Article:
Dorothy Parker Obituary, 1967
Treasure-hunting for literary history gems in second-hand books.
By Maria Popova
On her 70th birthday, Dorothy Parker — prolific poet, celebrated satirist, keen critic, astute observer of literary culture — noted wryly:
If I had any decency, I’d be dead. Most of my friends already are.
Less than four years later, on June 7, 1967, she suffered a heart attack in her New York City hotel suite and died. The following day, The Kansas City Times published the following obituary, which my friend Wendy found tucked inside the pages of an old copy of Enough Rope, Parker’s first volume of poetry — a living testament to the wonders tucked inside second-hand books.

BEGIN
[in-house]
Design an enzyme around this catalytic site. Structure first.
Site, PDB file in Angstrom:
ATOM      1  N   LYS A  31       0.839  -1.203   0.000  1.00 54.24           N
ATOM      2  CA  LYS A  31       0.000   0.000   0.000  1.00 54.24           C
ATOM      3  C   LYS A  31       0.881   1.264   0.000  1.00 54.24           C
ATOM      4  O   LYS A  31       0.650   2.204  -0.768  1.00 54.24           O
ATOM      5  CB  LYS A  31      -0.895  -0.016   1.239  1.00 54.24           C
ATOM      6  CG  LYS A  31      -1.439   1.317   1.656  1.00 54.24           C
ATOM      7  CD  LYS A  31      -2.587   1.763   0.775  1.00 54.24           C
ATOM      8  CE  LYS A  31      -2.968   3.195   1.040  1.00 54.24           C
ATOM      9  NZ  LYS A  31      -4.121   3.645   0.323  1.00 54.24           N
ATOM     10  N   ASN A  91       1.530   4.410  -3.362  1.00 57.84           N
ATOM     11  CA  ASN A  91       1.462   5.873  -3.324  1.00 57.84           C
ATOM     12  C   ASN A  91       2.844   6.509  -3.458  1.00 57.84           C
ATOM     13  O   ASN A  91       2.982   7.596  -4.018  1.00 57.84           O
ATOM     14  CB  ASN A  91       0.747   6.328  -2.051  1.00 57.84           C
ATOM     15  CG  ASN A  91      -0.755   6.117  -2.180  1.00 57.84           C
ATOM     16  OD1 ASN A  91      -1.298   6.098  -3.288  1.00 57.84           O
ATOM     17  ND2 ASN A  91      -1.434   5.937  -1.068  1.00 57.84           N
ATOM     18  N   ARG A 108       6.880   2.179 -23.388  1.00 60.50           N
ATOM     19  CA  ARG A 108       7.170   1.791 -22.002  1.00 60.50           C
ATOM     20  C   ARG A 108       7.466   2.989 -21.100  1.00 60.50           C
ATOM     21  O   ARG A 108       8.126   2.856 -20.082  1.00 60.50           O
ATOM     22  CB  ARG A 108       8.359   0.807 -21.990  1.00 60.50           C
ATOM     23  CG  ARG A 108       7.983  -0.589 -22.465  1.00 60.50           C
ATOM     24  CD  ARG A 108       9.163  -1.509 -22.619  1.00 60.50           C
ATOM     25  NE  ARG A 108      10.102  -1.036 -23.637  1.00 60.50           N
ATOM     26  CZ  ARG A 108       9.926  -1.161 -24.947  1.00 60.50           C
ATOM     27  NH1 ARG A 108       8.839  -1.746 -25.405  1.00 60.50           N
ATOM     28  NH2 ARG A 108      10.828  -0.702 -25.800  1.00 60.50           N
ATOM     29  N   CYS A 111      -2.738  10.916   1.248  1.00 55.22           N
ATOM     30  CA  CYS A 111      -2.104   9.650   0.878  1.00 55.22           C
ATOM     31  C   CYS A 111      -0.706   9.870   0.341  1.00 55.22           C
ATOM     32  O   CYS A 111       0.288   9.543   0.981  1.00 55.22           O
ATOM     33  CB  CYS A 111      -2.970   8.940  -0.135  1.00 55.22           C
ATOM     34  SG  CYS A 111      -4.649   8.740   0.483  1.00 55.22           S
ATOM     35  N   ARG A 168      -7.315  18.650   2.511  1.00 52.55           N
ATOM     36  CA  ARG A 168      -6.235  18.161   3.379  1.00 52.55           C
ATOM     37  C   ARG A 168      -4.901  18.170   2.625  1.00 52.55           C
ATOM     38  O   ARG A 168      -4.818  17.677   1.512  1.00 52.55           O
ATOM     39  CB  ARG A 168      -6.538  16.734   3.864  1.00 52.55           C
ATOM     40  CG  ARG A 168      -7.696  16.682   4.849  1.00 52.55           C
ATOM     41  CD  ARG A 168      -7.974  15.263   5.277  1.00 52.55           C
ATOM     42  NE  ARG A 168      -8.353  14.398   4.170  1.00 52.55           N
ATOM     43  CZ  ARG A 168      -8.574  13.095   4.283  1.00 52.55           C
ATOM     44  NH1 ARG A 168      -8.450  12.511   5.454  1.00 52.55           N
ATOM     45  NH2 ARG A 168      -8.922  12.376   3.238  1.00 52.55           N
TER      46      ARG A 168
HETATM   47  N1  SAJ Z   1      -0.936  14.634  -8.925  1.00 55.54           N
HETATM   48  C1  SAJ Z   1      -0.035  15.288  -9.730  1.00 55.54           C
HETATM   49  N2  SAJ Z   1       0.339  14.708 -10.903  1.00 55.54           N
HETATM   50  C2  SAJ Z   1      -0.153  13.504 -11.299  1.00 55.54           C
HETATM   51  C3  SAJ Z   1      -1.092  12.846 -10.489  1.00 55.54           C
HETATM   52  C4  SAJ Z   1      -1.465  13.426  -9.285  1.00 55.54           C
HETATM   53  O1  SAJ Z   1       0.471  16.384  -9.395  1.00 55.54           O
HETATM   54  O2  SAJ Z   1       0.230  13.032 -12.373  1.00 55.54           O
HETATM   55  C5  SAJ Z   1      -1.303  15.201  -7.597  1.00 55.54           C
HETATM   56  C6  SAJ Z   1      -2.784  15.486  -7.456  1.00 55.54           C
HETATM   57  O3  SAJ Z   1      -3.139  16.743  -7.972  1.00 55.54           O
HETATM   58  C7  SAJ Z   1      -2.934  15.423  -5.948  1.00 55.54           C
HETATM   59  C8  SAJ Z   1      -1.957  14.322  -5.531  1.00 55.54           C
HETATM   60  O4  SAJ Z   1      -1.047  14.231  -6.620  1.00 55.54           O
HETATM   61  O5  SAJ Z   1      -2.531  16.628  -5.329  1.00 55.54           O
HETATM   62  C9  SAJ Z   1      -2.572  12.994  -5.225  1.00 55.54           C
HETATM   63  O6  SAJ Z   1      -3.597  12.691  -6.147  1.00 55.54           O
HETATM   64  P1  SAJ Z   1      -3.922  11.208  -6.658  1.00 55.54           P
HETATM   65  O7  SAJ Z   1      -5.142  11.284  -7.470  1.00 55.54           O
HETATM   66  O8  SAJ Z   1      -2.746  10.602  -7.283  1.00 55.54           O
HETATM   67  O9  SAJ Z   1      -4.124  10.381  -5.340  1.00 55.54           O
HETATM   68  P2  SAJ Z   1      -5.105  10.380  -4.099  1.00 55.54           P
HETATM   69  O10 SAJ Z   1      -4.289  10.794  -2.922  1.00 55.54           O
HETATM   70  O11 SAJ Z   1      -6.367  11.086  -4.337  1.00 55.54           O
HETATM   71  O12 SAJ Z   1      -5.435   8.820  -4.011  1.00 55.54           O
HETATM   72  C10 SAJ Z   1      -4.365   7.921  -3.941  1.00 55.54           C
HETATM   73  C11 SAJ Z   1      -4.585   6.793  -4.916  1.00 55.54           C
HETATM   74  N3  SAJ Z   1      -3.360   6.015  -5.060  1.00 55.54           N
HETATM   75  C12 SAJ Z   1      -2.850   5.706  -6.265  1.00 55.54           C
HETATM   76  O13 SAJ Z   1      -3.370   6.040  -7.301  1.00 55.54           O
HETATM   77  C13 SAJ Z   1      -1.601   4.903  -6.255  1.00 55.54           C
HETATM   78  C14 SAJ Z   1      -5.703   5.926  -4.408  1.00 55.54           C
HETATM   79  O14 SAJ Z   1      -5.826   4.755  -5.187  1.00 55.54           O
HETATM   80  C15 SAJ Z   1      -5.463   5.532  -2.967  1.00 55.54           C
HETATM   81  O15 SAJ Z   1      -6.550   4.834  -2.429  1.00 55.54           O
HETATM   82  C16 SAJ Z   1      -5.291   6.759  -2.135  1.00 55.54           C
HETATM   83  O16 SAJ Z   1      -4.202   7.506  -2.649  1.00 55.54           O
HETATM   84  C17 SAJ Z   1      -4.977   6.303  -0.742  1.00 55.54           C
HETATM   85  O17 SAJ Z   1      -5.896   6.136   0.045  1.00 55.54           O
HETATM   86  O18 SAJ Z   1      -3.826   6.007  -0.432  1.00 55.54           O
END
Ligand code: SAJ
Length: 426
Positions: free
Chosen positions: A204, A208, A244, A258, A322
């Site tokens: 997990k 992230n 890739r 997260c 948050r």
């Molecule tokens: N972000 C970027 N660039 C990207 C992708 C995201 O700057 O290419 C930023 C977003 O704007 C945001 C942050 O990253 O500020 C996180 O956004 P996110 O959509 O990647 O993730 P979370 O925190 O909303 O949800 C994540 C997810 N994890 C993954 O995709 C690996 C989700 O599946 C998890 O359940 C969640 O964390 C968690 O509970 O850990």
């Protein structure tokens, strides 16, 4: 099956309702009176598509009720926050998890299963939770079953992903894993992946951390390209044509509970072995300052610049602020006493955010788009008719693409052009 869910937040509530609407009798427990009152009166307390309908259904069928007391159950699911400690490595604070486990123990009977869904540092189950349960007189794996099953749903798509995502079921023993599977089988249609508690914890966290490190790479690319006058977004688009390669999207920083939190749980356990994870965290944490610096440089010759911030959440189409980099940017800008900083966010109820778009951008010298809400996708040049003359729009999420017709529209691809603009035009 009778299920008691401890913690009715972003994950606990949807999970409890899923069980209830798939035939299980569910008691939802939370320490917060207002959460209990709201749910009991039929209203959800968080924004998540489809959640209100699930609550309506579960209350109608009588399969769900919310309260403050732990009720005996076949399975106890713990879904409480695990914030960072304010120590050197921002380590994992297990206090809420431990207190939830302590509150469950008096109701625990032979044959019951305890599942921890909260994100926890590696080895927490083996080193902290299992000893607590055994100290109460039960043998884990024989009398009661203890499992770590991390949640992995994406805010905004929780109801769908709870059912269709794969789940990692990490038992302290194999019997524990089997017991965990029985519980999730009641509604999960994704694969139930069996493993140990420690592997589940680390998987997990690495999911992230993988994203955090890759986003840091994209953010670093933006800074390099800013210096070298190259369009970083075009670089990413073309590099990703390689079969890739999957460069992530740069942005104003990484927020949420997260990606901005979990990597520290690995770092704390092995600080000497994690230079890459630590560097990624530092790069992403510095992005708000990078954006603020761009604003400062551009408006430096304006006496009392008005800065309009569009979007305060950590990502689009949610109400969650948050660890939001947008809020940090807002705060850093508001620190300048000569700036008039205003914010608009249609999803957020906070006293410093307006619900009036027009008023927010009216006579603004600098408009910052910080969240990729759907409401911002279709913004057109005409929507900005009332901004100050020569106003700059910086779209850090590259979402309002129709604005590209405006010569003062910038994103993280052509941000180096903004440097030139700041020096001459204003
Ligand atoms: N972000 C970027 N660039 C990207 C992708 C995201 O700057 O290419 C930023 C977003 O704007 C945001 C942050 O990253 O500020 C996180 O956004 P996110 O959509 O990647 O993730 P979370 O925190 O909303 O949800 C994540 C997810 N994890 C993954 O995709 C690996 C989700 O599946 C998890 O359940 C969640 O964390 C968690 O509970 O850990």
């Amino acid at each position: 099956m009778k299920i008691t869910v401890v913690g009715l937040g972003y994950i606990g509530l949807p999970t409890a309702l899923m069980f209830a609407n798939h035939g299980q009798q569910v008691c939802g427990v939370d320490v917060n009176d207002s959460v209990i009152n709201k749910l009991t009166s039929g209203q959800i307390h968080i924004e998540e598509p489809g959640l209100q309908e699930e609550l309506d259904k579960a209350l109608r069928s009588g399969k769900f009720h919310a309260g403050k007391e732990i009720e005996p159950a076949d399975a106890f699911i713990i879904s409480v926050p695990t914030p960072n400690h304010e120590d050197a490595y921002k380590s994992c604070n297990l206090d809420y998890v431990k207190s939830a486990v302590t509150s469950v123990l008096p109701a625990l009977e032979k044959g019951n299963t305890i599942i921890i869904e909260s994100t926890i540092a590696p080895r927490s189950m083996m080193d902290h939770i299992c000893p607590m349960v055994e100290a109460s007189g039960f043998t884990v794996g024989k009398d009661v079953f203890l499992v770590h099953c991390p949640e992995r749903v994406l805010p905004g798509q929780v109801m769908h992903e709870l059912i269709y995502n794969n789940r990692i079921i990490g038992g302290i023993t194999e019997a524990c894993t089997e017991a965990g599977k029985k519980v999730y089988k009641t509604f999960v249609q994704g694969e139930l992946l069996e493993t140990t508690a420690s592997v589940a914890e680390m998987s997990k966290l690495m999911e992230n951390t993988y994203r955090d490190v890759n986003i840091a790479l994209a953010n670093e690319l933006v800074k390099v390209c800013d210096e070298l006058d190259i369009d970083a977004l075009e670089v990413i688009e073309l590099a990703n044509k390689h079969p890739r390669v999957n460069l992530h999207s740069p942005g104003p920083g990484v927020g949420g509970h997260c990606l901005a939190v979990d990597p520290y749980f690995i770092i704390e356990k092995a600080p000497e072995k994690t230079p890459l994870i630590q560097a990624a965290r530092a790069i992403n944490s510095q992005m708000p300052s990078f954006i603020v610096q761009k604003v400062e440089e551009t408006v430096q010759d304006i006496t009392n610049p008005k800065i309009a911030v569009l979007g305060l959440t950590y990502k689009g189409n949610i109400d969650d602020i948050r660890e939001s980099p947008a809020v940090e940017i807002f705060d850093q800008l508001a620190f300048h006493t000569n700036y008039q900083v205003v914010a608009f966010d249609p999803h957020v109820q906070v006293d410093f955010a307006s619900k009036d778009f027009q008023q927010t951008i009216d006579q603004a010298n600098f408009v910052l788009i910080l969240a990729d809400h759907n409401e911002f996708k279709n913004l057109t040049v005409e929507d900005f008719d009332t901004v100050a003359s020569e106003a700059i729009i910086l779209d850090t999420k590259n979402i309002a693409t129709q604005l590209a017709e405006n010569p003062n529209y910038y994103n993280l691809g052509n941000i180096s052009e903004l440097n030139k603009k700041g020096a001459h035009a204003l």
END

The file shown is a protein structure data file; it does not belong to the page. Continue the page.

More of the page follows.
Once, reviewing a performance of Katherine Hepburn on Broadway, Miss Parker wrote: ‘She ran the gamut of emotions from A to B.’
For a proper celebration of Parker’s genius, treat yourself to the Penguin Classic The Portable Dorothy Parker, edited by Parker biographer Marion Meade.
Published June 7, 2012